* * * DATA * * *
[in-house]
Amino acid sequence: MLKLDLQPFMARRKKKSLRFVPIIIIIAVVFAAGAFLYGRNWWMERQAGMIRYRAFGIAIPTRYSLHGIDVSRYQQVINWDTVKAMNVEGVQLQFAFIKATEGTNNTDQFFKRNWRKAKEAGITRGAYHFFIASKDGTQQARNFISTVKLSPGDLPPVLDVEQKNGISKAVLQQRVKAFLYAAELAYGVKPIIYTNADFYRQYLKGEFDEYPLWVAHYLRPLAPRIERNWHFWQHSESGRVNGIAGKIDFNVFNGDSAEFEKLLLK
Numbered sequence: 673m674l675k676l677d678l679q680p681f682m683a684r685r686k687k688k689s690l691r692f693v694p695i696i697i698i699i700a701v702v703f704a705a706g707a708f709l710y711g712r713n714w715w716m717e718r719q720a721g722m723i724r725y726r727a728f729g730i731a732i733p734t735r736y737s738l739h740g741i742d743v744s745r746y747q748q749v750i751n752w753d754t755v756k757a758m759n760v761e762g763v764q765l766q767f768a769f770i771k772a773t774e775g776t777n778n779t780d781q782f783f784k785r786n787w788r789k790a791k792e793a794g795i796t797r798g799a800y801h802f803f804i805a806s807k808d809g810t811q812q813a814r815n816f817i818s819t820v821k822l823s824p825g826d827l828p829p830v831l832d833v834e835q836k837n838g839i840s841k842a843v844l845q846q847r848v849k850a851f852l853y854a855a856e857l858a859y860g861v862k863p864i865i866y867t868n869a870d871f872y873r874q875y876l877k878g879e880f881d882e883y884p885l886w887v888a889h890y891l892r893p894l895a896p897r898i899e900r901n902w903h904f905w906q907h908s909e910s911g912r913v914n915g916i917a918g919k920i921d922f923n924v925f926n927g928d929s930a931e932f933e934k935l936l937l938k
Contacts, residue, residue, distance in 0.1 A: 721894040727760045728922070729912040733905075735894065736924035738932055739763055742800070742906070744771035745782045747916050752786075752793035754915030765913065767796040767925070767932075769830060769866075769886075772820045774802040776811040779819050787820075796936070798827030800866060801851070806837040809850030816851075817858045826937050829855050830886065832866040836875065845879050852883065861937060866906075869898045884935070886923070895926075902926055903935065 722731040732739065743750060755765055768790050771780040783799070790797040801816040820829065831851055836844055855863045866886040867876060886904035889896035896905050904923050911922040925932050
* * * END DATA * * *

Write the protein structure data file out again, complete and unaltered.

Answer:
[in-house]
Amino acid sequence: MLKLDLQPFMARRKKKSLRFVPIIIIIAVVFAAGAFLYGRNWWMERQAGMIRYRAFGIAIPTRYSLHGIDVSRYQQVINWDTVKAMNVEGVQLQFAFIKATEGTNNTDQFFKRNWRKAKEAGITRGAYHFFIASKDGTQQARNFISTVKLSPGDLPPVLDVEQKNGISKAVLQQRVKAFLYAAELAYGVKPIIYTNADFYRQYLKGEFDEYPLWVAHYLRPLAPRIERNWHFWQHSESGRVNGIAGKIDFNVFNGDSAEFEKLLLK
Numbered sequence: 673m674l675k676l677d678l679q680p681f682m683a684r685r686k687k688k689s690l691r692f693v694p695i696i697i698i699i700a701v702v703f704a705a706g707a708f709l710y711g712r713n714w715w716m717e718r719q720a721g722m723i724r725y726r727a728f729g730i731a732i733p734t735r736y737s738l739h740g741i742d743v744s745r746y747q748q749v750i751n752w753d754t755v756k757a758m759n760v761e762g763v764q765l766q767f768a769f770i771k772a773t774e775g776t777n778n779t780d781q782f783f784k785r786n787w788r789k790a791k792e793a794g795i796t797r798g799a800y801h802f803f804i805a806s807k808d809g810t811q812q813a814r815n816f817i818s819t820v821k822l823s824p825g826d827l828p829p830v831l832d833v834e835q836k837n838g839i840s841k842a843v844l845q846q847r848v849k850a851f852l853y854a855a856e857l858a859y860g861v862k863p864i865i866y867t868n869a870d871f872y873r874q875y876l877k878g879e880f881d882e883y884p885l886w887v888a889h890y891l892r893p894l895a896p897r898i899e900r901n902w903h904f905w906q907h908s909e910s911g912r913v914n915g916i917a918g919k920i921d922f923n924v925f926n927g928d929s930a931e932f933e934k935l936l937l938k
Contacts, residue, residue, distance in 0.1 A: 721894040727760045728922070729912040733905075735894065736924035738932055739763055742800070742906070744771035745782045747916050752786075752793035754915030765913065767796040767925070767932075769830060769866075769886075772820045774802040776811040779819050787820075796936070798827030800866060801851070806837040809850030816851075817858045826937050829855050830886065832866040836875065845879050852883065861937060866906075869898045884935070886923070895926075902926055903935065 722731040732739065743750060755765055768790050771780040783799070790797040801816040820829065831851055836844055855863045866886040867876060886904035889896035896905050904923050911922040925932050